Revisiting the third puzzle (How does what is considered bigotry change with what is considered unreasonable or unacceptable? (p. 9)), McClain emphasizes both the backward-looking and forward-looking dimensions of bigotry (p. 215). Thinking backward, McClain identifies two lessons: First, it may not be possible to condemn beliefs or practices as bigotry before society has already moved significantly away from them (p. 215). Second, while repudiating bigotry appears to be a shared value, the United States has not always lived up to that ideal (p. 215). McClain concludes that the forward-looking dimension of bigotry is relevant when people warn about the flaring up of old forms of bigotry or draw analogies from old forms of bigotry to identify new forms (p. 215). McClain stresses that learning from the past is relevant to both, but that people do not always agree on what lessons to take from history (p. 215).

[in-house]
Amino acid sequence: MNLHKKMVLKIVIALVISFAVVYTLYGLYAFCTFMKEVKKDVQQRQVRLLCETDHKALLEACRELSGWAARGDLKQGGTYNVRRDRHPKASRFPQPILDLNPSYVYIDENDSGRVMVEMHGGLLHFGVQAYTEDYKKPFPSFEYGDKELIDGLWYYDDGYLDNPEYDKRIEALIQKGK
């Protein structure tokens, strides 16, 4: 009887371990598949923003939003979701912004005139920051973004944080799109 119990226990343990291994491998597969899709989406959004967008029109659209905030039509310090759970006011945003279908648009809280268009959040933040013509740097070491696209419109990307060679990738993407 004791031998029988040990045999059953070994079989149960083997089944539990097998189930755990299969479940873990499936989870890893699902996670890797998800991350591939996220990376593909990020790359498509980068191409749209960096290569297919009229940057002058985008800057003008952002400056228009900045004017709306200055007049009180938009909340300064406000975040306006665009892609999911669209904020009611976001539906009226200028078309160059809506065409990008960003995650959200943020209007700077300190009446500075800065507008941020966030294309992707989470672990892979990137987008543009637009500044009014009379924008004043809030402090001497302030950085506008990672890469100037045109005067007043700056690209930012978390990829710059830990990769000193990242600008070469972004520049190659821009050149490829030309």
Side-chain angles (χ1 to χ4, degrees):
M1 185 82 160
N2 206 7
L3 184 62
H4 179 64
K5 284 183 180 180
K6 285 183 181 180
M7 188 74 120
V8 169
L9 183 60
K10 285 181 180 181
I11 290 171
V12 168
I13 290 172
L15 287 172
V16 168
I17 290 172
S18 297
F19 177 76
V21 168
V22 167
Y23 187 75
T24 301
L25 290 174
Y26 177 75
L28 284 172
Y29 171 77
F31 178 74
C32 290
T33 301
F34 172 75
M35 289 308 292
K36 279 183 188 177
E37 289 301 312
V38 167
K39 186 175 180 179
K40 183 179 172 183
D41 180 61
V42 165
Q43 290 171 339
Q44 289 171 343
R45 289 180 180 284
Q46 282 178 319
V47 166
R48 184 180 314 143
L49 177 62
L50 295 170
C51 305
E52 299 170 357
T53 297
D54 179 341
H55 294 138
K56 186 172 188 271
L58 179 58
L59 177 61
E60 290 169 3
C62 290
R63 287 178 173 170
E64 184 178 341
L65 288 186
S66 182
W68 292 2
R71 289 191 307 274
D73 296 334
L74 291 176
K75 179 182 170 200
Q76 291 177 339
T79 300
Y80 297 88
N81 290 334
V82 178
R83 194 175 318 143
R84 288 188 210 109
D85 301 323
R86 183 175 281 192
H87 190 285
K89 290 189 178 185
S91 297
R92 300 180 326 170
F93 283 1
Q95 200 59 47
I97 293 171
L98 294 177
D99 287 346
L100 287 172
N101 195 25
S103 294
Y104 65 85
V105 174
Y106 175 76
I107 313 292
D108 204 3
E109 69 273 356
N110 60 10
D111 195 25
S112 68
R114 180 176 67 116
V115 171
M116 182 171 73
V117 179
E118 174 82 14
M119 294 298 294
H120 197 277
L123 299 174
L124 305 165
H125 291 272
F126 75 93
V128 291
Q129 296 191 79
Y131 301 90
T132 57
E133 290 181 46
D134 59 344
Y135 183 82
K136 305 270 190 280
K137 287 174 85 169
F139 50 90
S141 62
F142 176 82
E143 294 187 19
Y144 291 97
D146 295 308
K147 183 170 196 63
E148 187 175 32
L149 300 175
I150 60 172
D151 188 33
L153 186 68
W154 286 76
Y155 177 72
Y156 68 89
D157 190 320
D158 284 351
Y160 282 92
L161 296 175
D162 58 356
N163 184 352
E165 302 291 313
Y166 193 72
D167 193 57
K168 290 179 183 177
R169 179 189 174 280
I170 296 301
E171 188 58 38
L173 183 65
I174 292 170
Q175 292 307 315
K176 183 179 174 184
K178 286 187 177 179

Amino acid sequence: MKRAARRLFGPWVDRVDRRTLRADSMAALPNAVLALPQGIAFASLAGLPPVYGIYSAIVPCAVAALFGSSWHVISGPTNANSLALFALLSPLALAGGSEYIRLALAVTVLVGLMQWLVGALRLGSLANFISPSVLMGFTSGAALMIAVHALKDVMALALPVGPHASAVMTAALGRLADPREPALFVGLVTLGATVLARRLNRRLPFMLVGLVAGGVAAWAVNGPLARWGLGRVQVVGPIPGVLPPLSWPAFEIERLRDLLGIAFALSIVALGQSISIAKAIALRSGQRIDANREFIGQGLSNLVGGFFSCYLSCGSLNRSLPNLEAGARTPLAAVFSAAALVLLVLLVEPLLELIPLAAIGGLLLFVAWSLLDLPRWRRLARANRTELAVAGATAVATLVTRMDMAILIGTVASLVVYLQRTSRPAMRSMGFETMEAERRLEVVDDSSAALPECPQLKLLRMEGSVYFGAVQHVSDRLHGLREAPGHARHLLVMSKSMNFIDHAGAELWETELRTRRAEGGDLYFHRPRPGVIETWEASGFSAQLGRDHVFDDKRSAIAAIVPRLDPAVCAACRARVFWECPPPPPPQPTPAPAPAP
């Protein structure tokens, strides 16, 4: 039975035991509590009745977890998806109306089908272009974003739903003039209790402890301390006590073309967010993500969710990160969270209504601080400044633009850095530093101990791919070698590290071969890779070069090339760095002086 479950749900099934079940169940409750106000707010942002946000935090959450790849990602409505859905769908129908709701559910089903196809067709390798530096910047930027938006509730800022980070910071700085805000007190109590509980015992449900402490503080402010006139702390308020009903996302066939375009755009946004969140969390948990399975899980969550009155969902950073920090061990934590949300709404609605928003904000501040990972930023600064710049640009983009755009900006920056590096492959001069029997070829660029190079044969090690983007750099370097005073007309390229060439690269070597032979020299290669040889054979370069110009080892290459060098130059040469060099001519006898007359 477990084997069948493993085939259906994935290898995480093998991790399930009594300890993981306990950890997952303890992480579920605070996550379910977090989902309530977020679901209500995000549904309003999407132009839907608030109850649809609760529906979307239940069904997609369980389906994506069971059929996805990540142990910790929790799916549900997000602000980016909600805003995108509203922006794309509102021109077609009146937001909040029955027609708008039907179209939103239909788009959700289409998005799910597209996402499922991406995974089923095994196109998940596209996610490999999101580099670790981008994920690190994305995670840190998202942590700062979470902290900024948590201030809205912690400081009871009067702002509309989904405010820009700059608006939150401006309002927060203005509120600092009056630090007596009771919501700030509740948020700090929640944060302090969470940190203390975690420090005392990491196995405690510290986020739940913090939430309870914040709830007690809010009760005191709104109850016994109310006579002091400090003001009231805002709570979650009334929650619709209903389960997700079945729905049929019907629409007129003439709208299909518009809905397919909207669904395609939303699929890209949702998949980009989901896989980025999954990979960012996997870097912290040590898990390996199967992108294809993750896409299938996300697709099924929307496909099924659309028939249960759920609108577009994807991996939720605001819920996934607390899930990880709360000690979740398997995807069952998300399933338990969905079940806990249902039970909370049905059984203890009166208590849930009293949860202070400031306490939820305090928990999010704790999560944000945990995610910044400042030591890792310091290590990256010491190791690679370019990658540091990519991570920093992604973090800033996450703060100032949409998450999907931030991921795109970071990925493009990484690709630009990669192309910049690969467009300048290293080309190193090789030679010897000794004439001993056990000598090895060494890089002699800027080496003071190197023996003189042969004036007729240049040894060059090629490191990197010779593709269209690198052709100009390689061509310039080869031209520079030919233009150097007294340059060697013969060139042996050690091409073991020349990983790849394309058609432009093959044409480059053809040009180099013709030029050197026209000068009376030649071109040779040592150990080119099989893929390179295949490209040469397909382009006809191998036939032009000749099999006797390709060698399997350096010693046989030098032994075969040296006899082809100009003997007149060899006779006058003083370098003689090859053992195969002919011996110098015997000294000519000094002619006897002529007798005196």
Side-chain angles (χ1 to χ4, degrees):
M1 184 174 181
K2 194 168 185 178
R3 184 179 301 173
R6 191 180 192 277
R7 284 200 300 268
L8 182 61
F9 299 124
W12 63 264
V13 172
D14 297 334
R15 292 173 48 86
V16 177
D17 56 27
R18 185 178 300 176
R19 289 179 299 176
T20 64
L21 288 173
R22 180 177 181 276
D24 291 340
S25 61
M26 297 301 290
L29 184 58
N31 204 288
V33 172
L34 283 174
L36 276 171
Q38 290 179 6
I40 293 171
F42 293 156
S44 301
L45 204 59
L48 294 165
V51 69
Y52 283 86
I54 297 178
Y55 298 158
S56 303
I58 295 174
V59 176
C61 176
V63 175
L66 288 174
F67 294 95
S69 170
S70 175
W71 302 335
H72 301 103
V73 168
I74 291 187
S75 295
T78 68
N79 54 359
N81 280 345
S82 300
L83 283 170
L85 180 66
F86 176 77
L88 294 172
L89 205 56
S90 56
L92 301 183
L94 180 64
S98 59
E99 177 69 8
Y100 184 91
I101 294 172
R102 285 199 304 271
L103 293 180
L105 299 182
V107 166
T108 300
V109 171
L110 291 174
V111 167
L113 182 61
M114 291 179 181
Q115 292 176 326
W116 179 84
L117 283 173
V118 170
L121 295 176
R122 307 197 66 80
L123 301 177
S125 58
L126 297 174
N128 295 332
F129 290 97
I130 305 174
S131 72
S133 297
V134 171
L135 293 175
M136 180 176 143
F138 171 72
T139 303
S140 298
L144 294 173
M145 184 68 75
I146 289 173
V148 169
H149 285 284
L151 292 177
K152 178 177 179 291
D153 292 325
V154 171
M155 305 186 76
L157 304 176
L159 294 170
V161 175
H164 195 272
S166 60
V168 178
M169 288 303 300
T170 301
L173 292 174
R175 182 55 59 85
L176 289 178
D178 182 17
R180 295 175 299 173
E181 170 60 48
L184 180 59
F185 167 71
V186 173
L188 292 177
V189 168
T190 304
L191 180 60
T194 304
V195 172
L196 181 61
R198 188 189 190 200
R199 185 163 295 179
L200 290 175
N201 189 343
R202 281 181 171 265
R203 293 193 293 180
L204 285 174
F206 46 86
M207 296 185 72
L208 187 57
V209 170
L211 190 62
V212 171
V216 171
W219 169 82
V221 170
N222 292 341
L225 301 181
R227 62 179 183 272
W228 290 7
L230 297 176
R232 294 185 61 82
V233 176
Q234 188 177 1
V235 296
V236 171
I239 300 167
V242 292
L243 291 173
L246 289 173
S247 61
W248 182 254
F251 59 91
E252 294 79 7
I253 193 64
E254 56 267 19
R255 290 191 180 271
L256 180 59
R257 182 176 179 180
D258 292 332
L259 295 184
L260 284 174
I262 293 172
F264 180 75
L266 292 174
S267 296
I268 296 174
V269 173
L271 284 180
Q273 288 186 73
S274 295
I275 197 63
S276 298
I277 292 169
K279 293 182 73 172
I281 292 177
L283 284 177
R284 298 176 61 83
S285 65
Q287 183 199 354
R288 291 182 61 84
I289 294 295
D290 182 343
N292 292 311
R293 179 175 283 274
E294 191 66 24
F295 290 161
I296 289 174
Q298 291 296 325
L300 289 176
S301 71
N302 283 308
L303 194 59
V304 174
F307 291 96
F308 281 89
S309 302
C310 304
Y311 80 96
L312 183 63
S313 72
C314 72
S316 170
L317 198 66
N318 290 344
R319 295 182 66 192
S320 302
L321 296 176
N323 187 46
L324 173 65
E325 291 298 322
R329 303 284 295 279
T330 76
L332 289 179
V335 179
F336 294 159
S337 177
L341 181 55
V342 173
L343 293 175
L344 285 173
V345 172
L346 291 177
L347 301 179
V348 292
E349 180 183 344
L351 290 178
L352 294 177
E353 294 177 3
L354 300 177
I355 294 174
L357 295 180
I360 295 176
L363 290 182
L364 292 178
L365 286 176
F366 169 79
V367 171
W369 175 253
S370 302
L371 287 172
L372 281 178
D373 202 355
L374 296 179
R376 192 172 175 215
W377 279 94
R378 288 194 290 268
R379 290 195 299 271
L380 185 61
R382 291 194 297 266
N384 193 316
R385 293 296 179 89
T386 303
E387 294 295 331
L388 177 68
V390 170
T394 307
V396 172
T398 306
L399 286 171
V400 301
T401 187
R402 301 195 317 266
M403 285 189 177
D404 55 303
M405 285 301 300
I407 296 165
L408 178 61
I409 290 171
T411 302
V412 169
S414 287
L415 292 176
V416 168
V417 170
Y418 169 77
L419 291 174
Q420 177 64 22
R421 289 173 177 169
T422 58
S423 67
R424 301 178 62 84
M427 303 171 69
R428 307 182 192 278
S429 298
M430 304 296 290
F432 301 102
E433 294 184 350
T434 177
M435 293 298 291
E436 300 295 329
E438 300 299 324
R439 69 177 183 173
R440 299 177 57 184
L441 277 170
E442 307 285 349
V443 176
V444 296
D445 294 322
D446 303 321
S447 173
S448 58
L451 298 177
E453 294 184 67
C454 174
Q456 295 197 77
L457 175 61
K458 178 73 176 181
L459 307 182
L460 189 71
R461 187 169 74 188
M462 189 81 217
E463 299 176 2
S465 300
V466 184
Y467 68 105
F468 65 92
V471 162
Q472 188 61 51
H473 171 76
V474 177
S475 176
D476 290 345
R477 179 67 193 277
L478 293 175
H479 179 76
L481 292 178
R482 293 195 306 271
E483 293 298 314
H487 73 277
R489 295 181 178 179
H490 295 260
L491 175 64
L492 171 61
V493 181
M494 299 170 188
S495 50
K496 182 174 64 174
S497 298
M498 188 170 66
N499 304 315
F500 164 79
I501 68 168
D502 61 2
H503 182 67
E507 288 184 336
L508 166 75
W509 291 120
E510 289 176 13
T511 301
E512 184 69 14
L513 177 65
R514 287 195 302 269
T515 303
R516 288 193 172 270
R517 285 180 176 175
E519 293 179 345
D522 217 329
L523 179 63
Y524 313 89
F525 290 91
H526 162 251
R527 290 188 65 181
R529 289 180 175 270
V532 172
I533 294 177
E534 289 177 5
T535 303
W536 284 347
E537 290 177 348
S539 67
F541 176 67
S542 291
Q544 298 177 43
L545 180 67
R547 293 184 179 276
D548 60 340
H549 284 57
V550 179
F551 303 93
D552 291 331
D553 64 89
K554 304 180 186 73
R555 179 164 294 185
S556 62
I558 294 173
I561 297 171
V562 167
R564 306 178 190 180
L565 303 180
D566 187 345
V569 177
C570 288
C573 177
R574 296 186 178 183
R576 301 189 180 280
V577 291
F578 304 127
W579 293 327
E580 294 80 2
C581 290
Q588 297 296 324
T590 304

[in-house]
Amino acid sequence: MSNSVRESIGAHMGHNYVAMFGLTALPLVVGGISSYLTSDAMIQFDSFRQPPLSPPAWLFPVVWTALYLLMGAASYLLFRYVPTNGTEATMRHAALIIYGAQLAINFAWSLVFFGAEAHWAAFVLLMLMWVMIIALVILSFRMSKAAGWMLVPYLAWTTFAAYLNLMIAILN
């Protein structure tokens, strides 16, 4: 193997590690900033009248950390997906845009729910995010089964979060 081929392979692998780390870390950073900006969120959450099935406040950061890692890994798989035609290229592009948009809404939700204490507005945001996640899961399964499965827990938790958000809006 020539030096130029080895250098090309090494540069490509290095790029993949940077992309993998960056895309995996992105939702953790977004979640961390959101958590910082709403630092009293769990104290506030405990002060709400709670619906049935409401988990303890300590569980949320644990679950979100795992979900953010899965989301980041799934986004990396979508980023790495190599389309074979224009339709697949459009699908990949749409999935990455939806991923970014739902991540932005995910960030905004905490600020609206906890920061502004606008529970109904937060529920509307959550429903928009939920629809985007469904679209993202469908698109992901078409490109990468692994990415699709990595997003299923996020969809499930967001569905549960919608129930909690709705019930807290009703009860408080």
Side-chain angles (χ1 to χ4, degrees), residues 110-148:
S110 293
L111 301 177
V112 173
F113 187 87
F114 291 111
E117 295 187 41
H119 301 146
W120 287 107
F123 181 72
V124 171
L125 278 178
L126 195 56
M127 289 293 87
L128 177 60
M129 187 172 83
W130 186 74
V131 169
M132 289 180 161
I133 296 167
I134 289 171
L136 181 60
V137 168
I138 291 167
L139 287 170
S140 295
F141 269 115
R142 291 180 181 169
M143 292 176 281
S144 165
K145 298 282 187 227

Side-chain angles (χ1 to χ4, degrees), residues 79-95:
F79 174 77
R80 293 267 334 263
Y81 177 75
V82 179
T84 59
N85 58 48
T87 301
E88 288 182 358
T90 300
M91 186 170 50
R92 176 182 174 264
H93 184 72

Finally, McClain offers some lessons on the fourth puzzle (Does the label of “bigot” suggest a type of character with distinct psychological or moral traits? (p. 11)). McClain emphasizes that describing bigotry in terms of something that is in everyone’s brain can deflate the strong negative moral judgment tied to being called a bigot (p. 216). This may prove challenging, as even discussion of implicit bias can be associated with charges of bigotry in today’s polarized society (p. 217).

II.      LGBTQ Child Welfare as Civil Rights